The nation’s leading evangelical archaeology program is closing, partly in response to COVID-19. Southwestern Baptist Theological Seminary (SWBTS) will shut down its archaeology program in May, terminating five professors and discontinuing its degree program, which currently has more than 25 graduate students.
The decision came as “part of campus-wide budgetary reductions necessitated by the financial challenges associated with COVID-19,” according to a statement SWBTS sent to Christianity Today.
The change is also part of an “institutional reset,” according to the statement. The former president of SWBTS, Paige Patterson, was forced out in 2018 after the board of trustees determined he had mishandled two cases of seminary students reporting they had been raped. The following year, the new president, Adam W. Greenway, said the seminary needed to “recalibrate” and return to its core commitments.
The archaeology program was not part of that vision. “We will no longer offer degrees in archaeology,” the SWBTS statement said, “because they are incongruent with our mission to maximize resources in the training of pastors and other ministers of the gospel for the churches of the Southern Baptist Convention.”
The Fort Worth, Texas, school is the third-largest Protestant seminary in the United States, measured by full-time enrollment. The Tandy Institute for Archaeolgy was started in 1983 with a $100,000 donation and a vision for training committed Christians who believed in the historical claims of the Bible to lead the field of biblical archaeology. The school launched a graduate program in 2007 and is currently the only evangelical institution offering a doctoral degree in archaeology.
The cost of an archaeology program is often quite prohibitive—even for well-funded institutions.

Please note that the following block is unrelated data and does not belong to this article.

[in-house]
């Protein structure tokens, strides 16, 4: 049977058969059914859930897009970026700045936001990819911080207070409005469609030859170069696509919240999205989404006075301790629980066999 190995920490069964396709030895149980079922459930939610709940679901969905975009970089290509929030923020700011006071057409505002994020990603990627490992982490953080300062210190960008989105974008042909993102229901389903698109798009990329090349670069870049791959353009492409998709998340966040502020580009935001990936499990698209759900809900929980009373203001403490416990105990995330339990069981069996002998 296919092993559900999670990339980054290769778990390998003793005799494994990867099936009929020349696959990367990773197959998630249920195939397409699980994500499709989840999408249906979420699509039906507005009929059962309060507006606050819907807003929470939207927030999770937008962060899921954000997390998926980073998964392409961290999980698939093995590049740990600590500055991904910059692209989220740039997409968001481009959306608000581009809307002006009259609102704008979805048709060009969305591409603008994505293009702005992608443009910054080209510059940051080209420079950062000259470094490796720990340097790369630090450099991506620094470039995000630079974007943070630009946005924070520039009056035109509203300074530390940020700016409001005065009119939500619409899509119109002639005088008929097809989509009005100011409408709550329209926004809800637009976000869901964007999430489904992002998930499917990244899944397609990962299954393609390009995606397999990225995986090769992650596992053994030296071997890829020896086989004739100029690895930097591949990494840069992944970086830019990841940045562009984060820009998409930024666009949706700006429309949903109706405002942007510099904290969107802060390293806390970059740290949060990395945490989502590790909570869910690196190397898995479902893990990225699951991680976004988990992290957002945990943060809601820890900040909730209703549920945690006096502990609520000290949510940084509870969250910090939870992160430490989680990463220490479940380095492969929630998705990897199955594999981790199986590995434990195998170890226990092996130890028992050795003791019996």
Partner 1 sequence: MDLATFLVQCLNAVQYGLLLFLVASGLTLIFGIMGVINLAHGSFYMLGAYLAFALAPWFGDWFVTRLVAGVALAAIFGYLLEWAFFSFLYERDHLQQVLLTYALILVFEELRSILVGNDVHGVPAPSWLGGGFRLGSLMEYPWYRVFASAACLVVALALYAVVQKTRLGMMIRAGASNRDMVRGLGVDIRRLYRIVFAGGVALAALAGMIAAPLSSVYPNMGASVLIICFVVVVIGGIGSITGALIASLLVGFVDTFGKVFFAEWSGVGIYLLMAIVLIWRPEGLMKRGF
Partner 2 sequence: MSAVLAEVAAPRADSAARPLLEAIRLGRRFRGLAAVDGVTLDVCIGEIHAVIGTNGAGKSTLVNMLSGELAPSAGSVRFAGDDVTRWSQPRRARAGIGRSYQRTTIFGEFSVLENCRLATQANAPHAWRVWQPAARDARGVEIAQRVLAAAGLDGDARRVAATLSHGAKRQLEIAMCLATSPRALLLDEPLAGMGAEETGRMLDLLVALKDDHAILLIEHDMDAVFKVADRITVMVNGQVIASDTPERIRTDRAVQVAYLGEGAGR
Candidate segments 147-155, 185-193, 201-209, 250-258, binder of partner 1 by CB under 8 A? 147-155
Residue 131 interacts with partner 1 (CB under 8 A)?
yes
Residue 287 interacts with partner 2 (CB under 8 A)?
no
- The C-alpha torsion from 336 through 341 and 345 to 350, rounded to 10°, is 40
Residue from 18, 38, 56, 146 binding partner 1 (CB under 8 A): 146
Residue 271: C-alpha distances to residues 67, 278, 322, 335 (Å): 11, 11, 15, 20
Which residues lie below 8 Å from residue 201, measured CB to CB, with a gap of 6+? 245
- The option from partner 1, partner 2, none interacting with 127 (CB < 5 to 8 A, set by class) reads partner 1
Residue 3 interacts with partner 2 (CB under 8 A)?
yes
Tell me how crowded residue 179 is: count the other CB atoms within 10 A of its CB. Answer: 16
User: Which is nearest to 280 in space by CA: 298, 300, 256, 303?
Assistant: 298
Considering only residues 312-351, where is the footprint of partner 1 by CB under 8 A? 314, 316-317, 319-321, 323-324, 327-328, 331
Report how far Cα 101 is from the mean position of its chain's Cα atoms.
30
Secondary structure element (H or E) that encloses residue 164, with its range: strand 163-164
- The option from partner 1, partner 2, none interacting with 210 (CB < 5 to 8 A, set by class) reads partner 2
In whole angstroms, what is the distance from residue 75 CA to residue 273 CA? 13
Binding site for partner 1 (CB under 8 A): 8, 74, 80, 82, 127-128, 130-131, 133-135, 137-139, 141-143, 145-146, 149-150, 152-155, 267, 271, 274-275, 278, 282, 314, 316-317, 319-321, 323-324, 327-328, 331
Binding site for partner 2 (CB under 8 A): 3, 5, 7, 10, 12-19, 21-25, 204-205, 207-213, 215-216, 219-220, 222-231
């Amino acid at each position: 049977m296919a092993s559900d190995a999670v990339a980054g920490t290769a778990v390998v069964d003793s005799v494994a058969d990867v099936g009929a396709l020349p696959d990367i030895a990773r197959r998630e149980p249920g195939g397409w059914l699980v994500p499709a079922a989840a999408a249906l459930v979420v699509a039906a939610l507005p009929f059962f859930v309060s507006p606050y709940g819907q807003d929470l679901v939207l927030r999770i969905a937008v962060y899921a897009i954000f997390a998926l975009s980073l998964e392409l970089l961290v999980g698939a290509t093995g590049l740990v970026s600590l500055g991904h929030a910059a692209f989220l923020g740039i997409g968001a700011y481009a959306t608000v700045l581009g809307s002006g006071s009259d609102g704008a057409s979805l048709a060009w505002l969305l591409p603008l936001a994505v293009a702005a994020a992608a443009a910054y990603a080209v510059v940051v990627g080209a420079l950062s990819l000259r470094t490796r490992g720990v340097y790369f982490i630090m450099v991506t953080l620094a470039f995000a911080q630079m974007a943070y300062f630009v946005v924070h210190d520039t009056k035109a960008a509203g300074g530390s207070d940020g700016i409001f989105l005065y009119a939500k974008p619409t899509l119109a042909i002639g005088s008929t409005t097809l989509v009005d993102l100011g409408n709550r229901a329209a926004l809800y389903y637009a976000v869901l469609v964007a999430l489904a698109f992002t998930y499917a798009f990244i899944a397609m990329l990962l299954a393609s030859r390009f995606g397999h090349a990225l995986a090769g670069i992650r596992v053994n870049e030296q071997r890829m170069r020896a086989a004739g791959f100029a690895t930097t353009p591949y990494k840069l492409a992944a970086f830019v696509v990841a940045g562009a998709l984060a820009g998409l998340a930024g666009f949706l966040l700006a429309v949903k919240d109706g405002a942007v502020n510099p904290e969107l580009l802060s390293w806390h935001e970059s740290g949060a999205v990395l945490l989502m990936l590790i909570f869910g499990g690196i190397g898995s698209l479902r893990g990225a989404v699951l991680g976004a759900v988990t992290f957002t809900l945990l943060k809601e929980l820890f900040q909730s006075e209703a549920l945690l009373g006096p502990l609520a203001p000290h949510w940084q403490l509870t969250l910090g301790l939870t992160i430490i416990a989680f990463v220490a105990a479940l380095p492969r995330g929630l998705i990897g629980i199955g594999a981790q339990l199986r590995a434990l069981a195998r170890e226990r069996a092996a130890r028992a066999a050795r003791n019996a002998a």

“Similar challenges face all Near Eastern Studies programs,” said Aaron Burke, professor of archaeology at the University of California Los Angeles. “In the absence of endowments to such programs, they are proving unviable owing to the size of faculty and resources required to support archaeological field programs and graduate study in related fields, such as Akkadian, Near Eastern History, Egyptology, etc.”
Back in 2013, Patterson said the program was expensive, but worth it because “the work of biblical archaeology across the years has provided significant evidence for the veracity of the Scripture.”
Steven Ortiz, the director of the Tandy Institute, declined to comment on the seminary’s decision and his termination. In a 2017 interview, however, he argued archaeology isn’t just important to academics, but to any Christian who wants to understand the Bible.
“The biblical authors assume their audience knows the context of the revelation,” Ortiz said. “Unfortunately, Westerners are far removed from the context of the revelation. Archaeology and biblical backgrounds help to place God’s word in its proper context of revelation.”